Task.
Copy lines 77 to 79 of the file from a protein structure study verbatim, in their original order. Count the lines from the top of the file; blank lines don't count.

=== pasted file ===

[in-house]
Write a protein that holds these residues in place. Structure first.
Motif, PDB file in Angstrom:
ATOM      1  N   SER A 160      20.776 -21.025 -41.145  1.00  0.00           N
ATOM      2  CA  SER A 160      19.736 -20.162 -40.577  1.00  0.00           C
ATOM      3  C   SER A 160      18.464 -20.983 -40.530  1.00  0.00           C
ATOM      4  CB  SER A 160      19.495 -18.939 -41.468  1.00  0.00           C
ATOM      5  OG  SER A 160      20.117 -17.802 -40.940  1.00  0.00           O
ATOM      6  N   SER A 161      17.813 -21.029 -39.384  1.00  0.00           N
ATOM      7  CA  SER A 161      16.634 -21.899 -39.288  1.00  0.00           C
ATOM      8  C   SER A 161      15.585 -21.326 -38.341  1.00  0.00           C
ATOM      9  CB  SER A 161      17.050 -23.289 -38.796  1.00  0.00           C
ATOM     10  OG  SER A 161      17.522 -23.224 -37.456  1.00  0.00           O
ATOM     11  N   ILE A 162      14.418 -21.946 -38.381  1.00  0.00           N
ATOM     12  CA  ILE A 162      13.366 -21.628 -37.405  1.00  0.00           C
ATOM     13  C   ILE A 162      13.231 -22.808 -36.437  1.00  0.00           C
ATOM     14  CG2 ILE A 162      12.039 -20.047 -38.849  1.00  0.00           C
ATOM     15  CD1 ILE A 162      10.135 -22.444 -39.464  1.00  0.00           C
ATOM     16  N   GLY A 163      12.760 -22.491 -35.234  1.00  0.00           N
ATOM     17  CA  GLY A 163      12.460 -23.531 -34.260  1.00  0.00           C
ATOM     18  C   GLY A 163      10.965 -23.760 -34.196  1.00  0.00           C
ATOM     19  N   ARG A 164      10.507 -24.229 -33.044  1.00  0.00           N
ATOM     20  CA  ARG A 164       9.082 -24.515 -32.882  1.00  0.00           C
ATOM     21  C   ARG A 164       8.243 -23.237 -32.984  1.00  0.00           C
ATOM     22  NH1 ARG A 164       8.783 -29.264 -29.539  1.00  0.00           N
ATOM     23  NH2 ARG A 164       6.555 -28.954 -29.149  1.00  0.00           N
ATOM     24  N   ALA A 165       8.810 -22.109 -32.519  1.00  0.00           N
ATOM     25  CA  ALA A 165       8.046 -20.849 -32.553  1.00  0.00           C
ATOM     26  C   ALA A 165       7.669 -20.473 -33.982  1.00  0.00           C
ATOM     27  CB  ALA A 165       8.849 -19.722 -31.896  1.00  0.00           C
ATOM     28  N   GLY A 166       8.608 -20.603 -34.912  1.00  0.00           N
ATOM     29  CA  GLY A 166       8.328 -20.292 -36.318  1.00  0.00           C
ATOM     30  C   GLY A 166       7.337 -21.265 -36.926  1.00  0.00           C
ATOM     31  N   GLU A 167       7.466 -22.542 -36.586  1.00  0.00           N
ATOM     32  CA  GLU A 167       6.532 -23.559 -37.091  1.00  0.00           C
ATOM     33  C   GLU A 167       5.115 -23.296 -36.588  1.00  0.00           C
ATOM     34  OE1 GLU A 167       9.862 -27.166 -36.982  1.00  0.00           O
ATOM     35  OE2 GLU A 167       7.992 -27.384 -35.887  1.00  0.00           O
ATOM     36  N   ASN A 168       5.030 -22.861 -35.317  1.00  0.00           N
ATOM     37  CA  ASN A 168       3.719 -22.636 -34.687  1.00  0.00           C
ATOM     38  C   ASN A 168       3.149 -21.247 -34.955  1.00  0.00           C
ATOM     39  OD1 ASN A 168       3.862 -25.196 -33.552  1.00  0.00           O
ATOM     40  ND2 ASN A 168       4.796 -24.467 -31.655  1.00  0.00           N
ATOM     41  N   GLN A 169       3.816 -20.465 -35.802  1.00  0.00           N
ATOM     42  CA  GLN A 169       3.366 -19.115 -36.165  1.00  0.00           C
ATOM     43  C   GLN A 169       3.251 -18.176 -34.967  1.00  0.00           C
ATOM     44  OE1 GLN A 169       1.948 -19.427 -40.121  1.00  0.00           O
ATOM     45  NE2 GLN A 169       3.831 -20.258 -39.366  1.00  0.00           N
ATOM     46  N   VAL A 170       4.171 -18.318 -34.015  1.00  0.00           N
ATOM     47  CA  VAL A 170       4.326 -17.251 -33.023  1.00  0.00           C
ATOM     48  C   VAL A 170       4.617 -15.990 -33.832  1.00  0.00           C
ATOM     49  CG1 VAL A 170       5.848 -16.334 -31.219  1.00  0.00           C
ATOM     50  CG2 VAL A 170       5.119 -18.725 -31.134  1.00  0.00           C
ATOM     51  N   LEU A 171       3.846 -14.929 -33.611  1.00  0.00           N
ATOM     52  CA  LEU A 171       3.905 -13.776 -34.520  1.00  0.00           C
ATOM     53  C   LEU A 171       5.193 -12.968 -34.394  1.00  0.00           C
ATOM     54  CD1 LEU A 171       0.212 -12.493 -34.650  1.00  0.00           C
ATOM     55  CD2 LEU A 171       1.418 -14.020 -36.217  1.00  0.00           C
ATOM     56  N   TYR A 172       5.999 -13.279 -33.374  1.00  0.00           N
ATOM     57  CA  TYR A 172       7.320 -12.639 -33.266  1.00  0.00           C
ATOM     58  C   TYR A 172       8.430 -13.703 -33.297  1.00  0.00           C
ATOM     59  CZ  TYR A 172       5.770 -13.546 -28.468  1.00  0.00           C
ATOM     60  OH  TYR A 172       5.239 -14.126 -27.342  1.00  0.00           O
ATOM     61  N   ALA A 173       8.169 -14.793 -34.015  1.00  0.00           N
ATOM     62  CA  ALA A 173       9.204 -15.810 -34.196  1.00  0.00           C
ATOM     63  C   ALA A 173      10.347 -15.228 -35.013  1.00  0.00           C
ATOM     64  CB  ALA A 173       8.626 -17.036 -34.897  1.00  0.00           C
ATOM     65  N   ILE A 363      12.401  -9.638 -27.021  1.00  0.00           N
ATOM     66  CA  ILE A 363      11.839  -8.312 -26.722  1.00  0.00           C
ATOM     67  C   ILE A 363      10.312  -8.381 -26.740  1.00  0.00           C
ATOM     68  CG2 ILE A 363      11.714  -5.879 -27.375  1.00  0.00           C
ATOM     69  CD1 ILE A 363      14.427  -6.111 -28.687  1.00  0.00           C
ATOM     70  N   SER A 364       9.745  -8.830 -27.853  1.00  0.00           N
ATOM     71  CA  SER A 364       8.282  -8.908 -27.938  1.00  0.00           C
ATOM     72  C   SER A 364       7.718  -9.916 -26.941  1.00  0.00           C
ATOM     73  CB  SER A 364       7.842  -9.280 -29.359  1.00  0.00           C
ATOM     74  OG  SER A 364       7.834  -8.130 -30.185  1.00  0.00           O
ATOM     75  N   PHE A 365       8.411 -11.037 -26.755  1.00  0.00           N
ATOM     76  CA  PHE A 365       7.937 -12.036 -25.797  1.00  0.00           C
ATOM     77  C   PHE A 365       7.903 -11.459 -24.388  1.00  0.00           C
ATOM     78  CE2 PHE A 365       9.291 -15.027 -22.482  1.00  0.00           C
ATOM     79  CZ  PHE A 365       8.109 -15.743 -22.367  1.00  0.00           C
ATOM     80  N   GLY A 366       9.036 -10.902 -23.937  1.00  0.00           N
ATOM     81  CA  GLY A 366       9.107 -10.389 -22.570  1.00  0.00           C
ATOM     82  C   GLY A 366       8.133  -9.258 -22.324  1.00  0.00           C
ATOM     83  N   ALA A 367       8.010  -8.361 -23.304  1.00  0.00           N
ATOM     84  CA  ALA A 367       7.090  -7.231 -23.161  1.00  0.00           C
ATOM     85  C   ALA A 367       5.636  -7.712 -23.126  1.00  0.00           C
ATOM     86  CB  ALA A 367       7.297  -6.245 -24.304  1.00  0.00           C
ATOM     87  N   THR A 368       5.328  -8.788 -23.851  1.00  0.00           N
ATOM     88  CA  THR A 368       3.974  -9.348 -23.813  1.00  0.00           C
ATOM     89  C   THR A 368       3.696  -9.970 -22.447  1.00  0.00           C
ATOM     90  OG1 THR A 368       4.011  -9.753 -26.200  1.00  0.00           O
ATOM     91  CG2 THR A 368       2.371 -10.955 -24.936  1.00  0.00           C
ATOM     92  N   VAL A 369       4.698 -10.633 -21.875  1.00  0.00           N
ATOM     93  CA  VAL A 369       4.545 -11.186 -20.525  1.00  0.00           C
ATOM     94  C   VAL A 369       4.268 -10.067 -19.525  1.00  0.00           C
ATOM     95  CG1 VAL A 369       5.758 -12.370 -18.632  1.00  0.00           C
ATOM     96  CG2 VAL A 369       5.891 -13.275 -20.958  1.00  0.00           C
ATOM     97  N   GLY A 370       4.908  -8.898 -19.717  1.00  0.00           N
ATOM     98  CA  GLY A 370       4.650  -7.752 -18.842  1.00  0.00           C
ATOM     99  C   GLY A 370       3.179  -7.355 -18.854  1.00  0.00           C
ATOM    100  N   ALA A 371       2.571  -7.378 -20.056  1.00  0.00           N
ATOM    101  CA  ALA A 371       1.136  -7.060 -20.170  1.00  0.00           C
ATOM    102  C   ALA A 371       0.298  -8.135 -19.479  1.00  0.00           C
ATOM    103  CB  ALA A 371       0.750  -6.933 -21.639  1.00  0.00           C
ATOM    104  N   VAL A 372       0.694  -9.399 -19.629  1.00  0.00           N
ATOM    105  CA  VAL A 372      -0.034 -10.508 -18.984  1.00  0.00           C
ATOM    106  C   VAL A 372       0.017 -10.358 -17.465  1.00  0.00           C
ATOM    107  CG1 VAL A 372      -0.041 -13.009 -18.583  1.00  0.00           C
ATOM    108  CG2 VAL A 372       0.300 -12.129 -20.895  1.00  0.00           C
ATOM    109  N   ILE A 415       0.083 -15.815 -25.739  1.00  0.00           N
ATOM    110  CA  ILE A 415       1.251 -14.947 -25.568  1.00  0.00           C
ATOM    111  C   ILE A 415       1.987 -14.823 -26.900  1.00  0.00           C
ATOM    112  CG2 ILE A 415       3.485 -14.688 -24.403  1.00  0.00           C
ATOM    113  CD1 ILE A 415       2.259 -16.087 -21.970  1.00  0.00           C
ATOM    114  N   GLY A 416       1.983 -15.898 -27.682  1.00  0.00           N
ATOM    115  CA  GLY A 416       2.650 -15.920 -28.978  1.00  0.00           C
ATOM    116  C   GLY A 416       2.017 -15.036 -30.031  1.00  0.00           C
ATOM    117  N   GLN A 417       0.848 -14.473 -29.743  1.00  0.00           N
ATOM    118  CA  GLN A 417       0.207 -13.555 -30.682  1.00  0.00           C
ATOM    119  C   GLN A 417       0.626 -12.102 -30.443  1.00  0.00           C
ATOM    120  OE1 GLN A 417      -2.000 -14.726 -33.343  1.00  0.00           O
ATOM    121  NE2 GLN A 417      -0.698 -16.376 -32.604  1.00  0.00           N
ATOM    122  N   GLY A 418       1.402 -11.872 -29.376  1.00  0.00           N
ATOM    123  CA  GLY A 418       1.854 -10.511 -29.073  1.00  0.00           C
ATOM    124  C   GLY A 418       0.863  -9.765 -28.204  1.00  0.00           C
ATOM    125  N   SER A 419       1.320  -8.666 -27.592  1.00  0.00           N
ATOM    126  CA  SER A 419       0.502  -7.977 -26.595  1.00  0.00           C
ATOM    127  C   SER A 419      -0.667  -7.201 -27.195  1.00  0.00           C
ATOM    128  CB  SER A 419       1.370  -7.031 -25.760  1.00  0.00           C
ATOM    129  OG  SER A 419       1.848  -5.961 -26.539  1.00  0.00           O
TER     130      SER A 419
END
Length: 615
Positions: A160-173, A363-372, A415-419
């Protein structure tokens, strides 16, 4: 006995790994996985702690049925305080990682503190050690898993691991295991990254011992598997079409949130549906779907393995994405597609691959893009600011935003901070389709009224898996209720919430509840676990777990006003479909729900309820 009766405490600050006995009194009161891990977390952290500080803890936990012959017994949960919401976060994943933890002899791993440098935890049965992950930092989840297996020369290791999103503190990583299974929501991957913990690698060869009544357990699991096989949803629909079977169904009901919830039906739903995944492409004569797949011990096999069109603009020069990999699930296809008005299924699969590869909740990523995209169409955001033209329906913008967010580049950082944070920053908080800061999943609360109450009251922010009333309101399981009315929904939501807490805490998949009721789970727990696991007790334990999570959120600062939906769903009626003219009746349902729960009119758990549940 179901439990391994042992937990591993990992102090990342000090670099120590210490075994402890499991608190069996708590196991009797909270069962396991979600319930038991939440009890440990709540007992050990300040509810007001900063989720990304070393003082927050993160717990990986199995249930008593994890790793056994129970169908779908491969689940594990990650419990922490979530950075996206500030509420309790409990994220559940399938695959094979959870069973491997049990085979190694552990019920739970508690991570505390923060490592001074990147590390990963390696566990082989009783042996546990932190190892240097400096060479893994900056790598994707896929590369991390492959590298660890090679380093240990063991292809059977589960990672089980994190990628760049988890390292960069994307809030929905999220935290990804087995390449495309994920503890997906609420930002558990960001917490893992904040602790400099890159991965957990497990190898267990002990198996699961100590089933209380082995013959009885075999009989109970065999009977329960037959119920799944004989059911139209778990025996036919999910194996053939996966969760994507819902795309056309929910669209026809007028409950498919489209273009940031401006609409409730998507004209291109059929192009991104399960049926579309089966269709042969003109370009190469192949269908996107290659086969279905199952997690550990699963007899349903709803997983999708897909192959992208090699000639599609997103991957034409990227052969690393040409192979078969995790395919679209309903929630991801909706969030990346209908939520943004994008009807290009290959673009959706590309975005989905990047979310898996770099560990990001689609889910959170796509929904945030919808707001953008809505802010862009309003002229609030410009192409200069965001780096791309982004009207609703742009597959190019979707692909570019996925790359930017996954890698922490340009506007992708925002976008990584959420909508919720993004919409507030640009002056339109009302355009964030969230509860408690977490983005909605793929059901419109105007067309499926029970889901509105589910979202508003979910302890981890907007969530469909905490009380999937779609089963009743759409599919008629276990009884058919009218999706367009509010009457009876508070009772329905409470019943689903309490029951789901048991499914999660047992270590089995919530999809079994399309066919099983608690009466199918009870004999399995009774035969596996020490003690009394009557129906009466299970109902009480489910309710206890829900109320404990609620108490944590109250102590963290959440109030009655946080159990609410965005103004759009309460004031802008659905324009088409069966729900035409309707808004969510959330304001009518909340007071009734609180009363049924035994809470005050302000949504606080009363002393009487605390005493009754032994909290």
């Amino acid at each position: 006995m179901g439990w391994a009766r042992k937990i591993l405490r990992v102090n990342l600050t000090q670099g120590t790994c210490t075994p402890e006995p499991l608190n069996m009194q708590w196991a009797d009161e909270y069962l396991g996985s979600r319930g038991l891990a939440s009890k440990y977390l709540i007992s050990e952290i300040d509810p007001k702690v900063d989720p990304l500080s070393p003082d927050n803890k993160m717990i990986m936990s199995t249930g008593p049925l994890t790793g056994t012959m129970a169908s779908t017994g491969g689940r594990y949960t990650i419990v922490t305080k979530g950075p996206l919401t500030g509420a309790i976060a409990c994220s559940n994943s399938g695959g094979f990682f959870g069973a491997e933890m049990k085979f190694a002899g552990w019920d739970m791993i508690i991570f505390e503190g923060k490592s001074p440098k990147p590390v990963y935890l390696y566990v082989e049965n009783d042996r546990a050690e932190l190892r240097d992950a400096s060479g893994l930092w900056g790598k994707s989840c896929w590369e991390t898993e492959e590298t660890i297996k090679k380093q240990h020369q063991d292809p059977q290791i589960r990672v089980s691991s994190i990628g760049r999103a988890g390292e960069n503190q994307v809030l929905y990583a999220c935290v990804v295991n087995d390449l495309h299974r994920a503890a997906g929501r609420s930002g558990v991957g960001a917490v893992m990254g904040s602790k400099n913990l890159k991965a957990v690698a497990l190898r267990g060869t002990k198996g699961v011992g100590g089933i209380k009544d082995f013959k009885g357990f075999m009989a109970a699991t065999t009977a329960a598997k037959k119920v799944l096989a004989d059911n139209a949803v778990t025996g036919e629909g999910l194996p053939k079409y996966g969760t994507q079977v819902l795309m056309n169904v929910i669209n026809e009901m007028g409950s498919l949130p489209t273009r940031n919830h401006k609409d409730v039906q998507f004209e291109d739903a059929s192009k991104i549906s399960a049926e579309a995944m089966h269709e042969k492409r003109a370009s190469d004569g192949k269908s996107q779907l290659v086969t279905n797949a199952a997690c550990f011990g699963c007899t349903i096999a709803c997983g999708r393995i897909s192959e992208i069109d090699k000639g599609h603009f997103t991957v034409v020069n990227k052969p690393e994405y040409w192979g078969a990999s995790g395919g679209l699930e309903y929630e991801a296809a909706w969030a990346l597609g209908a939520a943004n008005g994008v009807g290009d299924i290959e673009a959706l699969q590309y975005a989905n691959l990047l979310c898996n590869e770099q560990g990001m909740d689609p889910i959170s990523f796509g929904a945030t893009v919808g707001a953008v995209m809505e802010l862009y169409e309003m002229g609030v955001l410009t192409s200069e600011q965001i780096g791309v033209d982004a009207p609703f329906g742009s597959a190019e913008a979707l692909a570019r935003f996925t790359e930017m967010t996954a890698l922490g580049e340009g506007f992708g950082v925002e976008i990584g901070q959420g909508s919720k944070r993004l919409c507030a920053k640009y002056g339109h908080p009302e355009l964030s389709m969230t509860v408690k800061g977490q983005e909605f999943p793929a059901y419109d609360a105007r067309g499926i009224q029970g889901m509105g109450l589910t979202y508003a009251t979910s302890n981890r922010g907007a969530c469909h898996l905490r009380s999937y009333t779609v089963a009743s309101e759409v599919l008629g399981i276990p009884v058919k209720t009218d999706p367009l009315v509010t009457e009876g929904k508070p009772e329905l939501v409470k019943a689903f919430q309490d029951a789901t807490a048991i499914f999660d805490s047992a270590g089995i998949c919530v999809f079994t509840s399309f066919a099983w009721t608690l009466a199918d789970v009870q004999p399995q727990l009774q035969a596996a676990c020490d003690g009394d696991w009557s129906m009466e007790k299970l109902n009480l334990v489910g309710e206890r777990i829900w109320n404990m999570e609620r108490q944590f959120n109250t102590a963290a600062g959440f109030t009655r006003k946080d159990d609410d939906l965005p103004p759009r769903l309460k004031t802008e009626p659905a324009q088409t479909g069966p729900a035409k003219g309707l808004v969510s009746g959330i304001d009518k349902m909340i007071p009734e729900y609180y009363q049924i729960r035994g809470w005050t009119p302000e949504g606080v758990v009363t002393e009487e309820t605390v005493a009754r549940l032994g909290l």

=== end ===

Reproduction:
ATOM     74  OG  SER A 364       7.834  -8.130 -30.185  1.00  0.00           O
ATOM     75  N   PHE A 365       8.411 -11.037 -26.755  1.00  0.00           N
ATOM     76  CA  PHE A 365       7.937 -12.036 -25.797  1.00  0.00           C